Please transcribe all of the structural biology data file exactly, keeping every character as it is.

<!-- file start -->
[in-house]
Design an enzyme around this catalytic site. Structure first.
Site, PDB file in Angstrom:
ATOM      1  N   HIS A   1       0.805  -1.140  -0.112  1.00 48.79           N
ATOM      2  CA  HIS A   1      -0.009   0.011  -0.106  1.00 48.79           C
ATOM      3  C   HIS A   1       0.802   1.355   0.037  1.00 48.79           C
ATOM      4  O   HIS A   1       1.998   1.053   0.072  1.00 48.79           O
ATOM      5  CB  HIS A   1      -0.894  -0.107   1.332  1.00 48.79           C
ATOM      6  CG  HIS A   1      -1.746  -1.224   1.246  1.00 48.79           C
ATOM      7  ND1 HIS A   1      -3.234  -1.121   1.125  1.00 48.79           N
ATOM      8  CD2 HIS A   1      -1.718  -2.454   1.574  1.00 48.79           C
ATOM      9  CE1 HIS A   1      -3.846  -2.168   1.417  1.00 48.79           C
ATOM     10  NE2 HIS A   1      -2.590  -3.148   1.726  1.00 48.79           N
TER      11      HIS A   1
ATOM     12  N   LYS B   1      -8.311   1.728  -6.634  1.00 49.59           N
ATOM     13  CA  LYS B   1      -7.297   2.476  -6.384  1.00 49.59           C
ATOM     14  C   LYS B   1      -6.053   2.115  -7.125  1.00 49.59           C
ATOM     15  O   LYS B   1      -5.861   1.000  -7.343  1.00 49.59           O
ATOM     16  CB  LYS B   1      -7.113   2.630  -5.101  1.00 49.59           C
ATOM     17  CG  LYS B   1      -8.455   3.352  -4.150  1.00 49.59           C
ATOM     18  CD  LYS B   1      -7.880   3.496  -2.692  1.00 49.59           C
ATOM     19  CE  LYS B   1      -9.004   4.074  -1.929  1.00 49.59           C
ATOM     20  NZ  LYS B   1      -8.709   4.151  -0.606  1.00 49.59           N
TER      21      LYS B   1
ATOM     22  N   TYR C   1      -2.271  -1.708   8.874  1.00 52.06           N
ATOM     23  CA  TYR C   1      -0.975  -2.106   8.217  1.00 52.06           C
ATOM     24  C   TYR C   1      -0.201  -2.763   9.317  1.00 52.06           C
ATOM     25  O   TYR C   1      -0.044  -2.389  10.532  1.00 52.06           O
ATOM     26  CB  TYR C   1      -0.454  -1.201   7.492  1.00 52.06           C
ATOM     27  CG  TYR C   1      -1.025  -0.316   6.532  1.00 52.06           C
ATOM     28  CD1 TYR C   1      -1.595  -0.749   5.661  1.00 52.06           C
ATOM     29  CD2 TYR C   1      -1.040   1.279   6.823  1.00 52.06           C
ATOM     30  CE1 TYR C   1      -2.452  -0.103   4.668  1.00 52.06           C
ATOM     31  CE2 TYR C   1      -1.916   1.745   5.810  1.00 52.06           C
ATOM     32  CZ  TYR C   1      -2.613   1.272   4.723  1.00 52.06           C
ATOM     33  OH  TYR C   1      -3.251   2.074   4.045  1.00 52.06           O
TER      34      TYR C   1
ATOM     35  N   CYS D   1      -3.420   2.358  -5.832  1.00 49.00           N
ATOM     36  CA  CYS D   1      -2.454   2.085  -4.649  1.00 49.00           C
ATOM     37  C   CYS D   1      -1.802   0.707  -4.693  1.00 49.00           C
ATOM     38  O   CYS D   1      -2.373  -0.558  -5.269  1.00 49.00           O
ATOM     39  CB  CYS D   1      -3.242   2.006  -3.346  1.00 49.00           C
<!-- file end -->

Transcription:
[in-house]
Design an enzyme around this catalytic site. Structure first.
Site, PDB file in Angstrom:
ATOM      1  N   HIS A   1       0.805  -1.140  -0.112  1.00 48.79           N
ATOM      2  CA  HIS A   1      -0.009   0.011  -0.106  1.00 48.79           C
ATOM      3  C   HIS A   1       0.802   1.355   0.037  1.00 48.79           C
ATOM      4  O   HIS A   1       1.998   1.053   0.072  1.00 48.79           O
ATOM      5  CB  HIS A   1      -0.894  -0.107   1.332  1.00 48.79           C
ATOM      6  CG  HIS A   1      -1.746  -1.224   1.246  1.00 48.79           C
ATOM      7  ND1 HIS A   1      -3.234  -1.121   1.125  1.00 48.79           N
ATOM      8  CD2 HIS A   1      -1.718  -2.454   1.574  1.00 48.79           C
ATOM      9  CE1 HIS A   1      -3.846  -2.168   1.417  1.00 48.79           C
ATOM     10  NE2 HIS A   1      -2.590  -3.148   1.726  1.00 48.79           N
TER      11      HIS A   1
ATOM     12  N   LYS B   1      -8.311   1.728  -6.634  1.00 49.59           N
ATOM     13  CA  LYS B   1      -7.297   2.476  -6.384  1.00 49.59           C
ATOM     14  C   LYS B   1      -6.053   2.115  -7.125  1.00 49.59           C
ATOM     15  O   LYS B   1      -5.861   1.000  -7.343  1.00 49.59           O
ATOM     16  CB  LYS B   1      -7.113   2.630  -5.101  1.00 49.59           C
ATOM     17  CG  LYS B   1      -8.455   3.352  -4.150  1.00 49.59           C
ATOM     18  CD  LYS B   1      -7.880   3.496  -2.692  1.00 49.59           C
ATOM     19  CE  LYS B   1      -9.004   4.074  -1.929  1.00 49.59           C
ATOM     20  NZ  LYS B   1      -8.709   4.151  -0.606  1.00 49.59           N
TER      21      LYS B   1
ATOM     22  N   TYR C   1      -2.271  -1.708   8.874  1.00 52.06           N
ATOM     23  CA  TYR C   1      -0.975  -2.106   8.217  1.00 52.06           C
ATOM     24  C   TYR C   1      -0.201  -2.763   9.317  1.00 52.06           C
ATOM     25  O   TYR C   1      -0.044  -2.389  10.532  1.00 52.06           O
ATOM     26  CB  TYR C   1      -0.454  -1.201   7.492  1.00 52.06           C
ATOM     27  CG  TYR C   1      -1.025  -0.316   6.532  1.00 52.06           C
ATOM     28  CD1 TYR C   1      -1.595  -0.749   5.661  1.00 52.06           C
ATOM     29  CD2 TYR C   1      -1.040   1.279   6.823  1.00 52.06           C
ATOM     30  CE1 TYR C   1      -2.452  -0.103   4.668  1.00 52.06           C
ATOM     31  CE2 TYR C   1      -1.916   1.745   5.810  1.00 52.06           C
ATOM     32  CZ  TYR C   1      -2.613   1.272   4.723  1.00 52.06           C
ATOM     33  OH  TYR C   1      -3.251   2.074   4.045  1.00 52.06           O
TER      34      TYR C   1
ATOM     35  N   CYS D   1      -3.420   2.358  -5.832  1.00 49.00           N
ATOM     36  CA  CYS D   1      -2.454   2.085  -4.649  1.00 49.00           C
ATOM     37  C   CYS D   1      -1.802   0.707  -4.693  1.00 49.00           C
ATOM     38  O   CYS D   1      -2.373  -0.558  -5.269  1.00 49.00           O
ATOM     39  CB  CYS D   1      -3.242   2.006  -3.346  1.00 49.00           C